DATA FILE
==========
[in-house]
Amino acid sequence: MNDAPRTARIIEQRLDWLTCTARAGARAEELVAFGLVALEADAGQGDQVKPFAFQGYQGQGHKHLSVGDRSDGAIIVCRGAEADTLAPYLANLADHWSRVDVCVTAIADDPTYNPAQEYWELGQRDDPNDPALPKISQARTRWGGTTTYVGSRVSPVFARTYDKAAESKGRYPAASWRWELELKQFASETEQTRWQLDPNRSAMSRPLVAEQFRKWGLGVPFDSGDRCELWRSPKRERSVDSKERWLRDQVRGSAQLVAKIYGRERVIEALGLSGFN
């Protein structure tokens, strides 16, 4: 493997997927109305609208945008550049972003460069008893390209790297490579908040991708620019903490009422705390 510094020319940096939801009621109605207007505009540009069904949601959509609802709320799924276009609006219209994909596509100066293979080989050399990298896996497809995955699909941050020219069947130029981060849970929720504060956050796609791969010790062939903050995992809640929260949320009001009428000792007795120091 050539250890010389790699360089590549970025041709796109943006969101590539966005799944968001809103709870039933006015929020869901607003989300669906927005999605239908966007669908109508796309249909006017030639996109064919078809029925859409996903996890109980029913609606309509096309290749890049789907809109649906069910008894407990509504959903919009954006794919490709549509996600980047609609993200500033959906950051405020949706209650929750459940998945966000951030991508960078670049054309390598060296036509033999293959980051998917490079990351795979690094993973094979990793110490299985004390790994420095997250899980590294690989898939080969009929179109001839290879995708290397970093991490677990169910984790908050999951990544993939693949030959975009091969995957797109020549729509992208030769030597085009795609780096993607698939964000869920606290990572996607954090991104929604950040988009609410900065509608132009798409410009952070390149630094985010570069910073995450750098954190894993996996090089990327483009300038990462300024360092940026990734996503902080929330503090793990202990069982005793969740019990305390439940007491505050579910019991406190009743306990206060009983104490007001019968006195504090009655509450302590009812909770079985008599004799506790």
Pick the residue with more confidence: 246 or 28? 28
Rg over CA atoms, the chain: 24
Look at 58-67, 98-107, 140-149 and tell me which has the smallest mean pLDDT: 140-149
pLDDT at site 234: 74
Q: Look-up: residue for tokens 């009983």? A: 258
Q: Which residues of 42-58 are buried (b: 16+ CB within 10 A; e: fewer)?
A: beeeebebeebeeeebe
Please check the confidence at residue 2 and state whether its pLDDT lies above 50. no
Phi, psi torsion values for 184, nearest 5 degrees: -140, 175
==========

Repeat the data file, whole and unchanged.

[in-house]
Amino acid sequence: MNDAPRTARIIEQRLDWLTCTARAGARAEELVAFGLVALEADAGQGDQVKPFAFQGYQGQGHKHLSVGDRSDGAIIVCRGAEADTLAPYLANLADHWSRVDVCVTAIADDPTYNPAQEYWELGQRDDPNDPALPKISQARTRWGGTTTYVGSRVSPVFARTYDKAAESKGRYPAASWRWELELKQFASETEQTRWQLDPNRSAMSRPLVAEQFRKWGLGVPFDSGDRCELWRSPKRERSVDSKERWLRDQVRGSAQLVAKIYGRERVIEALGLSGFN
């Protein structure tokens, strides 16, 4: 493997997927109305609208945008550049972003460069008893390209790297490579908040991708620019903490009422705390 510094020319940096939801009621109605207007505009540009069904949601959509609802709320799924276009609006219209994909596509100066293979080989050399990298896996497809995955699909941050020219069947130029981060849970929720504060956050796609791969010790062939903050995992809640929260949320009001009428000792007795120091 050539250890010389790699360089590549970025041709796109943006969101590539966005799944968001809103709870039933006015929020869901607003989300669906927005999605239908966007669908109508796309249909006017030639996109064919078809029925859409996903996890109980029913609606309509096309290749890049789907809109649906069910008894407990509504959903919009954006794919490709549509996600980047609609993200500033959906950051405020949706209650929750459940998945966000951030991508960078670049054309390598060296036509033999293959980051998917490079990351795979690094993973094979990793110490299985004390790994420095997250899980590294690989898939080969009929179109001839290879995708290397970093991490677990169910984790908050999951990544993939693949030959975009091969995957797109020549729509992208030769030597085009795609780096993607698939964000869920606290990572996607954090991104929604950040988009609410900065509608132009798409410009952070390149630094985010570069910073995450750098954190894993996996090089990327483009300038990462300024360092940026990734996503902080929330503090793990202990069982005793969740019990305390439940007491505050579910019991406190009743306990206060009983104490007001019968006195504090009655509450302590009812909770079985008599004799506790």
Pick the residue with more confidence: 246 or 28? 28
Rg over CA atoms, the chain: 24
Look at 58-67, 98-107, 140-149 and tell me which has the smallest mean pLDDT: 140-149
pLDDT at site 234: 74
Q: Look-up: residue for tokens 């009983």? A: 258
Q: Which residues of 42-58 are buried (b: 16+ CB within 10 A; e: fewer)?
A: beeeebebeebeeeebe
Please check the confidence at residue 2 and state whether its pLDDT lies above 50. no
Phi, psi torsion values for 184, nearest 5 degrees: -140, 175